Simpson University Alum Completes D.C. Internship, Publishes Articles

REDDING, Calif.—A Simpson University and Redding native who interned with The Heritage Foundation in Washington, D.C., has two articles published on national news websites.

Austin Avery, who graduated in spring 2018 with a degree in history, co-wrote an analysis piece published Christmas Eve in The Washington Times titled “Washington should be alarmed at Middle Belt conflict in Nigeria.”

“Having the chance to speak on Christian persecution to a national audience is something I am extremely humbled by and definitely helped me grow as a person,” Avery said.

A second piece co-written by Avery, titled “This Little-Known Terror Group Poses a Greater Threat Than ISIS in Syria,” is posted on The Daily Signal.

“It was an honor to get this published and is an achievement I will carry with me for the rest of my life,” he said.

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Simpson University alumnus Austin Avery at The Heritage Foundation in Washington, D.C.

Avery was selected for a prestigious three-month paid internship through The Heritage Foundation’s Young Leaders Program. The Heritage Foundation is a research and education-based think tank that seeks to influence public policy through research and analysis.

Avery conducted policy research on issues including terrorism, democracy, governance, refugees, and foreign aid and development. He focused on Africa and the Middle East, particularly on terrorist groups in those regions.

“Oftentimes I was doing investigative research for my analysts, who would publish work based on much of the information I gathered for them,” he said.

Helena Richardson, director of the Young Leaders Program, said Avery was “the ideal intern.” The foundation has about 200 interns a year; Avery was one of 55 this fall.

“He really went above and beyond,” she said, adding that she would list him as one of the top three interns this year. “He was always eager to learn and asking questions. He is one of those people you know is going to make an impact, and you just want to see how that translates.”

Avery, who recently returned home for the holidays, said additional highlights of his internship included touring the White House and visiting other historic locations in D.C. He also participated in a men’s mentorship class where they talked about the importance of upholding traditional values and how to be people of integrity, poise and character in every aspect of life.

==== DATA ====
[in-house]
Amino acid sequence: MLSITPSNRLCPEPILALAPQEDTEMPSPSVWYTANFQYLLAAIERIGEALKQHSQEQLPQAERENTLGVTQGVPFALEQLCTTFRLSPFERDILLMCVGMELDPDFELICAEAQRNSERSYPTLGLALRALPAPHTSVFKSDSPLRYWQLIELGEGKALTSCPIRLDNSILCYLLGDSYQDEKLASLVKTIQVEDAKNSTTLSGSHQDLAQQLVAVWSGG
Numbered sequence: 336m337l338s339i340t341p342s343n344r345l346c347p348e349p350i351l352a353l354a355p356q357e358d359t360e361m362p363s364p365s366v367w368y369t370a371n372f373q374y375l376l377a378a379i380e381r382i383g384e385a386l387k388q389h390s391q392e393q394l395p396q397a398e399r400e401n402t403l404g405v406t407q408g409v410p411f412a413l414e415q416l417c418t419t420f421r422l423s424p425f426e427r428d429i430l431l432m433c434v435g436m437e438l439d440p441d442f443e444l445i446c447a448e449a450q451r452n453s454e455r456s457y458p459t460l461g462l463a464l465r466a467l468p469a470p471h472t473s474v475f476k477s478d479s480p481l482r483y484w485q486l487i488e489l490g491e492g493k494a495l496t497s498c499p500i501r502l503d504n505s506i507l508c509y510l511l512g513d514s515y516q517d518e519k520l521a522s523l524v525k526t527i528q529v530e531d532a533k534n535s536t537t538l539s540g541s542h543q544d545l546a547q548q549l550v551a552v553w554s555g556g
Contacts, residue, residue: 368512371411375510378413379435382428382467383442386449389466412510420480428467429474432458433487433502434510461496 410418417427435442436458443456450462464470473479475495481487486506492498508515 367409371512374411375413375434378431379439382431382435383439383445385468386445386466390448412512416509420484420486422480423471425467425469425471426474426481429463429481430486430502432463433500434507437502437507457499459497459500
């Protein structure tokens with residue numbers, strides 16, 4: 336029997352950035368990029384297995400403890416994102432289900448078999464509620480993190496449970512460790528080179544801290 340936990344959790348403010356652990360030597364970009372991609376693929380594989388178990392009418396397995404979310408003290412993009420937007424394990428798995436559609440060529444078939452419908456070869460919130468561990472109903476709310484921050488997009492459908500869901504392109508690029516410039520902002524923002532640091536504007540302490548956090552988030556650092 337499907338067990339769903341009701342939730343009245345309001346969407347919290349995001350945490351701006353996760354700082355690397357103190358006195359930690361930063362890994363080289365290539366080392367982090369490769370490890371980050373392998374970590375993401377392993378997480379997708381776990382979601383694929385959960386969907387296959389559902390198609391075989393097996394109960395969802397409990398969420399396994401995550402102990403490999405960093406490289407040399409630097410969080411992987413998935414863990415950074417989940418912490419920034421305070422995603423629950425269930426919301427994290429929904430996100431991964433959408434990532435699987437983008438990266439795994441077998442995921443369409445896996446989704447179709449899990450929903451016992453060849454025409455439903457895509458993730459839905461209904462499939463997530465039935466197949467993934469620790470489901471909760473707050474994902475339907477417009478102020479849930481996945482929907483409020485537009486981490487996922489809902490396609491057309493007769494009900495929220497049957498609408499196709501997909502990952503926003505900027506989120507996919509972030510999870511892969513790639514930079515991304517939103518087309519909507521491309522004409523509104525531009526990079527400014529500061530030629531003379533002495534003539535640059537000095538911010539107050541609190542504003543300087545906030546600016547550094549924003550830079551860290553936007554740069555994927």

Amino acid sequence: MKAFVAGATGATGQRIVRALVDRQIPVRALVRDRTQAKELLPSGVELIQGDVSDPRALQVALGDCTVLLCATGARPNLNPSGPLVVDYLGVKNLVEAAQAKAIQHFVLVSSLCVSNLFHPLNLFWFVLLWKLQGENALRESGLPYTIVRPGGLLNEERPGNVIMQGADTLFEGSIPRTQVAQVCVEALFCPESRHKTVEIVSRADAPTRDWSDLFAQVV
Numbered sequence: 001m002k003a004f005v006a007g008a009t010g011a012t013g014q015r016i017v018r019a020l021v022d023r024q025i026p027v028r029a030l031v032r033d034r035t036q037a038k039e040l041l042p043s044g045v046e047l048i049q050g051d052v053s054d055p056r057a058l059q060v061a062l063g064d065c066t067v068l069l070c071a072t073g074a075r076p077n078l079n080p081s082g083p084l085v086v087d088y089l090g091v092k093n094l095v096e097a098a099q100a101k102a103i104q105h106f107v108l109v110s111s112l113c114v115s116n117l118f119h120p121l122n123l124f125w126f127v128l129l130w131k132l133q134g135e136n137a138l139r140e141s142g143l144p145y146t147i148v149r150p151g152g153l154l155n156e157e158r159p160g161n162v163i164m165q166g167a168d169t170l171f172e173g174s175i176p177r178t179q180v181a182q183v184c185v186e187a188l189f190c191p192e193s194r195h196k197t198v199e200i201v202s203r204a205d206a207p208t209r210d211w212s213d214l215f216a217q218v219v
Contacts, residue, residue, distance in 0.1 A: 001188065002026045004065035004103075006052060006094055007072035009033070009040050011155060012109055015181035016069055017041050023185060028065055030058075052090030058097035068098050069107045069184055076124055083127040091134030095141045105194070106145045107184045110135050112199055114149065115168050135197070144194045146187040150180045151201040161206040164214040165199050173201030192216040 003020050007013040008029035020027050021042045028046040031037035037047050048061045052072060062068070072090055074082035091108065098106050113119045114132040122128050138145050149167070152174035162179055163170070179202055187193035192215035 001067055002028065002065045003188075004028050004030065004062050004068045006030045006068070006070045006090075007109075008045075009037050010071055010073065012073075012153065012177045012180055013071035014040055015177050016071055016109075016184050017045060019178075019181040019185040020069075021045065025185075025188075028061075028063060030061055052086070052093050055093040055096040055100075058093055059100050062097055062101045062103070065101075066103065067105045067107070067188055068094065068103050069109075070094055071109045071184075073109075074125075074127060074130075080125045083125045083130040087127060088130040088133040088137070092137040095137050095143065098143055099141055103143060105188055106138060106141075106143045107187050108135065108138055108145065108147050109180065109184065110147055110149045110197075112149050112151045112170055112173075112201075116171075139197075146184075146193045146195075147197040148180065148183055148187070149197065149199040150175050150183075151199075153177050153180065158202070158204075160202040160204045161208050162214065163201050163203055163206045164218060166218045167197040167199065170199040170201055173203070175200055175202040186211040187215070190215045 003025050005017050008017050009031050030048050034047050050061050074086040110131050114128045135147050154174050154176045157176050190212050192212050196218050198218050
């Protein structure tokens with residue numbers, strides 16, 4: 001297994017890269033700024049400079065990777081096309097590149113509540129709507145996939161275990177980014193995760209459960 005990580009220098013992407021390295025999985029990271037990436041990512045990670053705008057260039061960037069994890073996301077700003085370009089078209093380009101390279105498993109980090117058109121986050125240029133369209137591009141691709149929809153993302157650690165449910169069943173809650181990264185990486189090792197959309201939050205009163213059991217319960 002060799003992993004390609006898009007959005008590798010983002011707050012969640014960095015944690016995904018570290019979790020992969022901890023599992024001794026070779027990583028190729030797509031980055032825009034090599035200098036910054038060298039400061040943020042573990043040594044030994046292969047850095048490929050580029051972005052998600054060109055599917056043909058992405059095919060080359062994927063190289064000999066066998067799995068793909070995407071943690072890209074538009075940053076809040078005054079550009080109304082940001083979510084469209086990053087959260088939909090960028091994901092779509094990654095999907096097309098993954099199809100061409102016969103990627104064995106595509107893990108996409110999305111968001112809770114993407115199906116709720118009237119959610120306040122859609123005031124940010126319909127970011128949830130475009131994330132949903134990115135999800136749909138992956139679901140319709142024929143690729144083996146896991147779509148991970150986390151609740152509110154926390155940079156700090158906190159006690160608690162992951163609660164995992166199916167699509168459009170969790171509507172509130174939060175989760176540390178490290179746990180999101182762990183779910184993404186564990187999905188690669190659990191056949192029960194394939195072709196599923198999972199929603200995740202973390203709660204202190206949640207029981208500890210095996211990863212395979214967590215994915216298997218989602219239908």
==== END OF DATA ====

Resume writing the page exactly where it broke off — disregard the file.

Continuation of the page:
His three months in D.C. were impactful beyond just his daily work. “I think the greatest lesson I learned from this entire experience involved my faith,” Avery said. “Before this internship I had the belief that God would meet me in the middle when aspects of life and this program got crazy. What I discovered, though, is that he was always there in the middle waiting for me, even before I moved an inch.”

Avery left Redding in early September, only a few weeks after the Carr Fire, and was in D.C. when the Camp Fire swept through Paradise. It was difficult to be so far away at that time, but it also motivated him, he said.

“Knowing I was leaving a community which housed so many people I loved who were suffering caused me to change as a person,” he said. “I became extremely focused, working as hard as I could and being intentional with everyone I met. People matter, and I wanted to represent those who’d lost so much in the fire as best I could while in D.C.”

Richardson said Avery was “constantly talking to his family and sharing stories of what he was going to do and take back to Northern California.

“His impact on the class as a whole will be long-lasting,” she said.

The Young Leaders Program at The Heritage Foundation offers paid internships to college juniors or above. Learn more at

Learn more about Simpson University’s history major at


Simpson University, established in 1921, is a Christian university offering undergraduategraduate, and teaching credential programs. The university will celebrate its centennial in 2021. Simpson was named as one of the 2018 Colleges of Distinction. Academic programs include ASPIRE, a degree-completion program geared toward working adults with both on-campus and online course offerings; the Betty M. Dean School of NursingA.W. Tozer Seminary, the School of Education, and the School of Graduate Professional Studies. For information about the university, or to arrange a campus visit, call 1-888-9-SIMPSON or visit